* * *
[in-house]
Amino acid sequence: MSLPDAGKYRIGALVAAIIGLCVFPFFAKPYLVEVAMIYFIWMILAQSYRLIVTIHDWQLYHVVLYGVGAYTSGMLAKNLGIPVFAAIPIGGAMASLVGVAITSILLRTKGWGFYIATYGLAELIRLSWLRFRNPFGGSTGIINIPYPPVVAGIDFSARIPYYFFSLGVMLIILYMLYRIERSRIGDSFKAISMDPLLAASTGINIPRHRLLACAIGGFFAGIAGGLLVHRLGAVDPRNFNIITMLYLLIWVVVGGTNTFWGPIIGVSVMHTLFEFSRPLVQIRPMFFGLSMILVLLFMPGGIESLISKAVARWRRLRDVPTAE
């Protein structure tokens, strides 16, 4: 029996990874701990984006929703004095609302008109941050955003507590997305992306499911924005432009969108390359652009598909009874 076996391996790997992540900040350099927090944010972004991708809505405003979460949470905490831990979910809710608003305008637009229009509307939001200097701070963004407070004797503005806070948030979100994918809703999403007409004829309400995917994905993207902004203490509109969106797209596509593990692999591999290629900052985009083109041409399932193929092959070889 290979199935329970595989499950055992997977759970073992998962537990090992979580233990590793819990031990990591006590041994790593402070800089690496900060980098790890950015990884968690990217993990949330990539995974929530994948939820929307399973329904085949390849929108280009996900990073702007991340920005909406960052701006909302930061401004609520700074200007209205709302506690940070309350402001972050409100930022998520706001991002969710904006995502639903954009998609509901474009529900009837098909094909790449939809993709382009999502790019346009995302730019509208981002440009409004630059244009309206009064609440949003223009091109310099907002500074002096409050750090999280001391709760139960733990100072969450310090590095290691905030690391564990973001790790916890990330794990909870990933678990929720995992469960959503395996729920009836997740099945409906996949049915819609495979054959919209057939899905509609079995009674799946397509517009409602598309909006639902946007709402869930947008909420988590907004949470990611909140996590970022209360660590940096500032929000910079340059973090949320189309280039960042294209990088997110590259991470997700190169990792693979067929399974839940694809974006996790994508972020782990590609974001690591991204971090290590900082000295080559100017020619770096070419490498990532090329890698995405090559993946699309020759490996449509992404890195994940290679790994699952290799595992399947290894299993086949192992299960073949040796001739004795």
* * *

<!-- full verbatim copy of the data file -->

[in-house]
Amino acid sequence: MSLPDAGKYRIGALVAAIIGLCVFPFFAKPYLVEVAMIYFIWMILAQSYRLIVTIHDWQLYHVVLYGVGAYTSGMLAKNLGIPVFAAIPIGGAMASLVGVAITSILLRTKGWGFYIATYGLAELIRLSWLRFRNPFGGSTGIINIPYPPVVAGIDFSARIPYYFFSLGVMLIILYMLYRIERSRIGDSFKAISMDPLLAASTGINIPRHRLLACAIGGFFAGIAGGLLVHRLGAVDPRNFNIITMLYLLIWVVVGGTNTFWGPIIGVSVMHTLFEFSRPLVQIRPMFFGLSMILVLLFMPGGIESLISKAVARWRRLRDVPTAE
């Protein structure tokens, strides 16, 4: 029996990874701990984006929703004095609302008109941050955003507590997305992306499911924005432009969108390359652009598909009874 076996391996790997992540900040350099927090944010972004991708809505405003979460949470905490831990979910809710608003305008637009229009509307939001200097701070963004407070004797503005806070948030979100994918809703999403007409004829309400995917994905993207902004203490509109969106797209596509593990692999591999290629900052985009083109041409399932193929092959070889 290979199935329970595989499950055992997977759970073992998962537990090992979580233990590793819990031990990591006590041994790593402070800089690496900060980098790890950015990884968690990217993990949330990539995974929530994948939820929307399973329904085949390849929108280009996900990073702007991340920005909406960052701006909302930061401004609520700074200007209205709302506690940070309350402001972050409100930022998520706001991002969710904006995502639903954009998609509901474009529900009837098909094909790449939809993709382009999502790019346009995302730019509208981002440009409004630059244009309206009064609440949003223009091109310099907002500074002096409050750090999280001391709760139960733990100072969450310090590095290691905030690391564990973001790790916890990330794990909870990933678990929720995992469960959503395996729920009836997740099945409906996949049915819609495979054959919209057939899905509609079995009674799946397509517009409602598309909006639902946007709402869930947008909420988590907004949470990611909140996590970022209360660590940096500032929000910079340059973090949320189309280039960042294209990088997110590259991470997700190169990792693979067929399974839940694809974006996790994508972020782990590609974001690591991204971090290590900082000295080559100017020619770096070419490498990532090329890698995405090559993946699309020759490996449509992404890195994940290679790994699952290799595992399947290894299993086949192992299960073949040796001739004795």